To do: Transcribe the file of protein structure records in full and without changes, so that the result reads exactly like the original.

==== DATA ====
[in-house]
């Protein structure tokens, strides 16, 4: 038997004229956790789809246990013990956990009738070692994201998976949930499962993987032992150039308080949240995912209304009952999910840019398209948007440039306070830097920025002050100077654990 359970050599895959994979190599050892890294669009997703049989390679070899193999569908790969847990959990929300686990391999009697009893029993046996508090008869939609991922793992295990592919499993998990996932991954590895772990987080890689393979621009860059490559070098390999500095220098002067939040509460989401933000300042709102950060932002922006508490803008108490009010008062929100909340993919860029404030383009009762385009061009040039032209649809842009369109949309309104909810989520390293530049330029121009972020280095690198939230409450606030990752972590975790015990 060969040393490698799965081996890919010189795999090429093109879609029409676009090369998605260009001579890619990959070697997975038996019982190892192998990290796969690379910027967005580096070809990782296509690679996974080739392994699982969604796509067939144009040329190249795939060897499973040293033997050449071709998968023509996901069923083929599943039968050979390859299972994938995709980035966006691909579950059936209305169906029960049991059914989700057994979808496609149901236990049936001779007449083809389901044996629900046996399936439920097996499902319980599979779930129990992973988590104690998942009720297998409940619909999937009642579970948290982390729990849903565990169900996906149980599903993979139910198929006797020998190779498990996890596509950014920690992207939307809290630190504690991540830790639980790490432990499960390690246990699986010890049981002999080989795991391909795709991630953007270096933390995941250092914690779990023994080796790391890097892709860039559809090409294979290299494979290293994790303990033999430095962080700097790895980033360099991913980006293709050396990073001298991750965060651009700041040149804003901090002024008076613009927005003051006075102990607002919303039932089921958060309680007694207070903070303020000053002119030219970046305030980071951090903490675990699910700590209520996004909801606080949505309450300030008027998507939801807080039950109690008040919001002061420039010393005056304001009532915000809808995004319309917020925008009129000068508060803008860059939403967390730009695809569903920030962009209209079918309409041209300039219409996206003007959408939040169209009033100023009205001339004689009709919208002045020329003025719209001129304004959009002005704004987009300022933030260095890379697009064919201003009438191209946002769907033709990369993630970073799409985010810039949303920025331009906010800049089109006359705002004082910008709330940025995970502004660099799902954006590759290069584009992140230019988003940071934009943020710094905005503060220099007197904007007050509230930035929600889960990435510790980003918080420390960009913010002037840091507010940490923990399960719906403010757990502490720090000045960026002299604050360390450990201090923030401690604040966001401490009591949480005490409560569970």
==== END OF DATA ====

[in-house]
């Protein structure tokens, strides 16, 4: 038997004229956790789809246990013990956990009738070692994201998976949930499962993987032992150039308080949240995912209304009952999910840019398209948007440039306070830097920025002050100077654990 359970050599895959994979190599050892890294669009997703049989390679070899193999569908790969847990959990929300686990391999009697009893029993046996508090008869939609991922793992295990592919499993998990996932991954590895772990987080890689393979621009860059490559070098390999500095220098002067939040509460989401933000300042709102950060932002922006508490803008108490009010008062929100909340993919860029404030383009009762385009061009040039032209649809842009369109949309309104909810989520390293530049330029121009972020280095690198939230409450606030990752972590975790015990 060969040393490698799965081996890919010189795999090429093109879609029409676009090369998605260009001579890619990959070697997975038996019982190892192998990290796969690379910027967005580096070809990782296509690679996974080739392994699982969604796509067939144009040329190249795939060897499973040293033997050449071709998968023509996901069923083929599943039968050979390859299972994938995709980035966006691909579950059936209305169906029960049991059914989700057994979808496609149901236990049936001779007449083809389901044996629900046996399936439920097996499902319980599979779930129990992973988590104690998942009720297998409940619909999937009642579970948290982390729990849903565990169900996906149980599903993979139910198929006797020998190779498990996890596509950014920690992207939307809290630190504690991540830790639980790490432990499960390690246990699986010890049981002999080989795991391909795709991630953007270096933390995941250092914690779990023994080796790391890097892709860039559809090409294979290299494979290293994790303990033999430095962080700097790895980033360099991913980006293709050396990073001298991750965060651009700041040149804003901090002024008076613009927005003051006075102990607002919303039932089921958060309680007694207070903070303020000053002119030219970046305030980071951090903490675990699910700590209520996004909801606080949505309450300030008027998507939801807080039950109690008040919001002061420039010393005056304001009532915000809808995004319309917020925008009129000068508060803008860059939403967390730009695809569903920030962009209209079918309409041209300039219409996206003007959408939040169209009033100023009205001339004689009709919208002045020329003025719209001129304004959009002005704004987009300022933030260095890379697009064919201003009438191209946002769907033709990369993630970073799409985010810039949303920025331009906010800049089109006359705002004082910008709330940025995970502004660099799902954006590759290069584009992140230019988003940071934009943020710094905005503060220099007197904007007050509230930035929600889960990435510790980003918080420390960009913010002037840091507010940490923990399960719906403010757990502490720090000045960026002299604050360390450990201090923030401690604040966001401490009591949480005490409560569970």